August 2012
Volume 12, Issue 9
Free
Vision Sciences Society Annual Meeting Abstract  |   August 2012
Reward learning increases visual salience
Author Affiliations
  • Jan Theeuwes
    Vrije Universiteit Amsterdam
  • Artem Belopolsky
    Vrije Universiteit Amsterdam
  • Erik Van der Burg
    Vrije Universiteit Amsterdam
Journal of Vision August 2012, Vol.12, 621. doi:10.1167/12.9.621
  • Views
  • Share
  • Tools
    • Alerts
      ×
      This feature is available to authenticated users only.
      Sign In or Create an Account ×
    • Get Citation

      Jan Theeuwes, Artem Belopolsky, Erik Van der Burg; Reward learning increases visual salience. Journal of Vision 2012;12(9):621. doi: 10.1167/12.9.621.

      Download citation file:


      © ARVO (1962-2015); The Authors (2016-present)

      ×
  • Supplements
Abstract

Several recent studies have shown that physically nonsalient stimuli associated with value through reward learning may affect attentional selection. One of the prominent hypothesis is that reward learning converts a stimulus with a neutral representation into a salient, ‘wanted’ stimulus. In the current study we provide direct evidence for this hypothesis. During the training phase, observers searched for a red or green target among differently colored nontargets. On each trial, following a correct response, they received feedback indicating a monetary reward which for one of the two target colors was associated with a high reward and for the other color with a low reward. Subsequently, in the test phase, observers were asked to perform an unspeeded simultaneity judgment (SJ) task, in which they indicated whether two visual stimuli (i.e. the red and green from the training phase), presented on either side of fixation, were presented simultaneously or not. The results showed that in order for the two stimuli to be perceived as simultaneous, the stimulus that was associated with a low reward had to be presented before the stimulus that had been associated with a high reward. This result provides compelling evidence that reward changes the salience of the stimulus and thus the temporal order of the two stimuli. Note that the results can not be explained by a response bias.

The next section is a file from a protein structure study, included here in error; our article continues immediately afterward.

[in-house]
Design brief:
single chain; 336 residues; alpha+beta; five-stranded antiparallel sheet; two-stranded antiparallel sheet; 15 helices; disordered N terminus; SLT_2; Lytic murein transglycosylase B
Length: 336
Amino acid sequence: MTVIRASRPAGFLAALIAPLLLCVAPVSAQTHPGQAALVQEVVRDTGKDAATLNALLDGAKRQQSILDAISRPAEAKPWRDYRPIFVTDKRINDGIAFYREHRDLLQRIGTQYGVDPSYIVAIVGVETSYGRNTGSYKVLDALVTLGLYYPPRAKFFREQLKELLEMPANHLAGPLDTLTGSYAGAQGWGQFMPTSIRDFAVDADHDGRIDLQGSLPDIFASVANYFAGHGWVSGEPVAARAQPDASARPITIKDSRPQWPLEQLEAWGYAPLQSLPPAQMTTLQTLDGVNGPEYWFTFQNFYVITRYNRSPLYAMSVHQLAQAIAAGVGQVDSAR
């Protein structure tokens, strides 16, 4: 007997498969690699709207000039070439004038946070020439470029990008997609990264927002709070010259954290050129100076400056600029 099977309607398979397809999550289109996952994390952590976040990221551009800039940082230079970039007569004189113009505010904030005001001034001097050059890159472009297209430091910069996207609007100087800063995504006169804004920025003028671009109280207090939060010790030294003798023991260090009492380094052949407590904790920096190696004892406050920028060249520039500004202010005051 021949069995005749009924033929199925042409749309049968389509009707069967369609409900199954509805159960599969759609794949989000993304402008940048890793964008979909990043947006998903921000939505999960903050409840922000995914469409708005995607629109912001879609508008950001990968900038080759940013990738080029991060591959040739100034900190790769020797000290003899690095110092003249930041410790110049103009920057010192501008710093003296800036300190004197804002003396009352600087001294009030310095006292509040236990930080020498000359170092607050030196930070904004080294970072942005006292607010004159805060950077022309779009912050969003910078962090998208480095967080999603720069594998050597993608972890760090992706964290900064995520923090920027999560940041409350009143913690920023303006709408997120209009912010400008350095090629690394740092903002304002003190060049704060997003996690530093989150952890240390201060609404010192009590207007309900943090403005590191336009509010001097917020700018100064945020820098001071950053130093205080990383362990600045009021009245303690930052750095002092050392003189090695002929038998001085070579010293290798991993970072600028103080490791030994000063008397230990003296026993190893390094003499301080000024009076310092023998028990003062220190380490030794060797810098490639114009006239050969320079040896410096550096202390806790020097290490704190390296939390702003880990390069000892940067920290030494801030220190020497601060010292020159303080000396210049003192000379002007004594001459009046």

Meeting abstract presented at VSS 2012

×
×

This PDF is available to Subscribers Only

Sign in or purchase a subscription to access this content. ×

You must be signed into an individual account to use this feature.

×